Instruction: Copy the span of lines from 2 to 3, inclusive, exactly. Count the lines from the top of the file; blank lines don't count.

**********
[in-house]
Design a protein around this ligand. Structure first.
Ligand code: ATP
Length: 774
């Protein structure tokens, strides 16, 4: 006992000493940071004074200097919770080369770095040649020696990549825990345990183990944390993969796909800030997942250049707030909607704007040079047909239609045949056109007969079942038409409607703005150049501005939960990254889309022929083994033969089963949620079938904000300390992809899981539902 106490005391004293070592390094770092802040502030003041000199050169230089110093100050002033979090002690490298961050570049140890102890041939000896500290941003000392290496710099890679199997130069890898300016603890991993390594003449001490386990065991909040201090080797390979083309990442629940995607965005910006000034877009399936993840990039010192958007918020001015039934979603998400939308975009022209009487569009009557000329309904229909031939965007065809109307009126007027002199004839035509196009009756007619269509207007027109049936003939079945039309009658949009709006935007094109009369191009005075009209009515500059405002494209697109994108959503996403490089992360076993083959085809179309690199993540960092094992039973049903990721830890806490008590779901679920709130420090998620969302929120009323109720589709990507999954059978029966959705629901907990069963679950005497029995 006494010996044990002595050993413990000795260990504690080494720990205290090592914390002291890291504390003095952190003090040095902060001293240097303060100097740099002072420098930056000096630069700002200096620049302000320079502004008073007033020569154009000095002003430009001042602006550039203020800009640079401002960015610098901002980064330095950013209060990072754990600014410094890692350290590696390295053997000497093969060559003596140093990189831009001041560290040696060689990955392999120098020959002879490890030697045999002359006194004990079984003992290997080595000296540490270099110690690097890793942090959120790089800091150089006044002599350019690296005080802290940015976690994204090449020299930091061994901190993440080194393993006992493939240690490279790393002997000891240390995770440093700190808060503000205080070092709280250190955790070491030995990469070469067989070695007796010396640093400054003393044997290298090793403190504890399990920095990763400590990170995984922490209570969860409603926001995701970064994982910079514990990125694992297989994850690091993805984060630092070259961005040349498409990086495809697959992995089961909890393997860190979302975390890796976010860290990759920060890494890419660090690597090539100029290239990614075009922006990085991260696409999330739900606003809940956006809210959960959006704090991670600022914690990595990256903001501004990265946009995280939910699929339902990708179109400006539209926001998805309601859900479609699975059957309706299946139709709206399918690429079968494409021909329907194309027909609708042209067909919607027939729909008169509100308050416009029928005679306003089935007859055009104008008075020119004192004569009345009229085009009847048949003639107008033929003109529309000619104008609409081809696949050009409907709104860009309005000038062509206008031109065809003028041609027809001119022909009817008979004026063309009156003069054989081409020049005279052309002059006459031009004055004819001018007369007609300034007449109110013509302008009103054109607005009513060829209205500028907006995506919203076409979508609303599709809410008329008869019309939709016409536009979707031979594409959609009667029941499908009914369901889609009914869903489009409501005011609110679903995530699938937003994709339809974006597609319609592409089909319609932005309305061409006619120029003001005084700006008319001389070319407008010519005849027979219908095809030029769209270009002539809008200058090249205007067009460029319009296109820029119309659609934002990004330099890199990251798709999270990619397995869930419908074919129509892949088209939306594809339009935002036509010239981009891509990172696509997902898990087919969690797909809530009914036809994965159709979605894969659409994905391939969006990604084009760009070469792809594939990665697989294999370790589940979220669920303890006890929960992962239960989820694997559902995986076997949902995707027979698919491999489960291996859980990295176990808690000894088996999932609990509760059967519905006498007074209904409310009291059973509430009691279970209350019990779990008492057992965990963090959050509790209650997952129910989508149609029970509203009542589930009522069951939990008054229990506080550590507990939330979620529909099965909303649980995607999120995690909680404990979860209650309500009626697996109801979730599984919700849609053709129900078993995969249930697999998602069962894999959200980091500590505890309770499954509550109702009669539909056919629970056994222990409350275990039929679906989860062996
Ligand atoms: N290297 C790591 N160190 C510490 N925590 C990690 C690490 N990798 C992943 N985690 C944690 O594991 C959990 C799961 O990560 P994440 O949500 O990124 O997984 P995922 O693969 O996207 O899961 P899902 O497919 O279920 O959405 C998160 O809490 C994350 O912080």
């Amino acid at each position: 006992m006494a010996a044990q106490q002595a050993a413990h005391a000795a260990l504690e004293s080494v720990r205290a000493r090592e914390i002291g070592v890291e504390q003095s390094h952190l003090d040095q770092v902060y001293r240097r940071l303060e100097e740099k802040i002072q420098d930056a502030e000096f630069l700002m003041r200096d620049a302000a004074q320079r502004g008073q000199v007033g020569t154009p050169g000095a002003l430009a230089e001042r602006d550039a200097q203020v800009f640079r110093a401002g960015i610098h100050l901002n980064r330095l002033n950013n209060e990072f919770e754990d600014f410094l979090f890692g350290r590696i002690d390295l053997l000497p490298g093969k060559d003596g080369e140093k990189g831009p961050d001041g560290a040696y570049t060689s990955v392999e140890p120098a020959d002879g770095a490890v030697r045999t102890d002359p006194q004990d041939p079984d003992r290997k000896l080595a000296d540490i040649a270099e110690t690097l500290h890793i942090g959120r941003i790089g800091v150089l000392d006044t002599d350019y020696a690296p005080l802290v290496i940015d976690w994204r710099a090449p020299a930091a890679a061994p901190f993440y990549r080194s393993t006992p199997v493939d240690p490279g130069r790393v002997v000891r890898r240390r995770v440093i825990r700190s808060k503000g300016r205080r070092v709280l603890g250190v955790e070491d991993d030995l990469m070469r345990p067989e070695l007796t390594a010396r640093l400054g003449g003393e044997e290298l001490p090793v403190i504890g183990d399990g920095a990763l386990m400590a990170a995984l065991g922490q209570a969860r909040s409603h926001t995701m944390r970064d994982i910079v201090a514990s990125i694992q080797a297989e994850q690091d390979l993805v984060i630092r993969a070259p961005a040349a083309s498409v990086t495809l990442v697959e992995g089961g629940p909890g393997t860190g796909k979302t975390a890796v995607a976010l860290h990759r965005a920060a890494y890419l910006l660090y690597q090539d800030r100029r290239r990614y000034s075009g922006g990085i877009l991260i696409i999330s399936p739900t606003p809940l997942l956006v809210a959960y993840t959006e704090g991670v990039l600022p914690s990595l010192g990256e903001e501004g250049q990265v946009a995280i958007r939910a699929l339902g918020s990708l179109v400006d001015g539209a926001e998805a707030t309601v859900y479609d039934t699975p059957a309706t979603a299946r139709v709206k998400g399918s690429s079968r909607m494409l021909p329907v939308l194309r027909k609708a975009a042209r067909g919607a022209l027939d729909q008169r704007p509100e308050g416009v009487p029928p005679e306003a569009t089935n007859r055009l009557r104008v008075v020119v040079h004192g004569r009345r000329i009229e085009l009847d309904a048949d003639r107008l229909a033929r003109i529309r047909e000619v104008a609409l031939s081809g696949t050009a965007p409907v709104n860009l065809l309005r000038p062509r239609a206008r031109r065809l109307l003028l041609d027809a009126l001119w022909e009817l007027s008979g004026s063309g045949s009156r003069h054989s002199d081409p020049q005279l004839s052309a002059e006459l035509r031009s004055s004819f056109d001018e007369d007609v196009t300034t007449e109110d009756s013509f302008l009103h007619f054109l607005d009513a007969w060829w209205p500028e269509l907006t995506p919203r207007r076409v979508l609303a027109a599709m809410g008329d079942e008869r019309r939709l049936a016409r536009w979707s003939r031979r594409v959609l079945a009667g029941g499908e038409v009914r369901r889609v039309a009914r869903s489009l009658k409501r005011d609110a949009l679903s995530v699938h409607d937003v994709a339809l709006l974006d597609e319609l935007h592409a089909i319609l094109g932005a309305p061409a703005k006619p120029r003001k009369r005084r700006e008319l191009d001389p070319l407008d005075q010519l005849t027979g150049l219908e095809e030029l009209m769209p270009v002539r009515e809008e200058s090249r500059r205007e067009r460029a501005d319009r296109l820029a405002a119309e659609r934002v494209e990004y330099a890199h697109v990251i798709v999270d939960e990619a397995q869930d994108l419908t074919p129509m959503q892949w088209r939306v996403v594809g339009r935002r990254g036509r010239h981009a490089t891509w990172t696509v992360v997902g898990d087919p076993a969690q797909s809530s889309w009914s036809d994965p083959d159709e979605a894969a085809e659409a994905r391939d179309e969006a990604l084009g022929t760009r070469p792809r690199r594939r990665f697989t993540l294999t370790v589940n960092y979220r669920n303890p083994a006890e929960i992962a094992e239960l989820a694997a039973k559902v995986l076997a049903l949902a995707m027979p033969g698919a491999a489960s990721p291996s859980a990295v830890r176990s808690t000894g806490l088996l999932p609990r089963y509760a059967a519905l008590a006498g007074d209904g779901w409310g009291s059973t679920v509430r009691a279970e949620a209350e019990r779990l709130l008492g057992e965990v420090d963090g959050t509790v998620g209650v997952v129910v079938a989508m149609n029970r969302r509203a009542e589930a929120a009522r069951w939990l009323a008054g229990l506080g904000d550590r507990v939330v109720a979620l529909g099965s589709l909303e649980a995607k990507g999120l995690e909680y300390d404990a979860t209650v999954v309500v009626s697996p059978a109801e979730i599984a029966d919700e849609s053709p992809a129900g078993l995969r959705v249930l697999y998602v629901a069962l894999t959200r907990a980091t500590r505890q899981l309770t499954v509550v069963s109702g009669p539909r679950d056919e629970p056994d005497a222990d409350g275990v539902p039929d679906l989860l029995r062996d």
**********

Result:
Design a protein around this ligand. Structure first.
Ligand code: ATP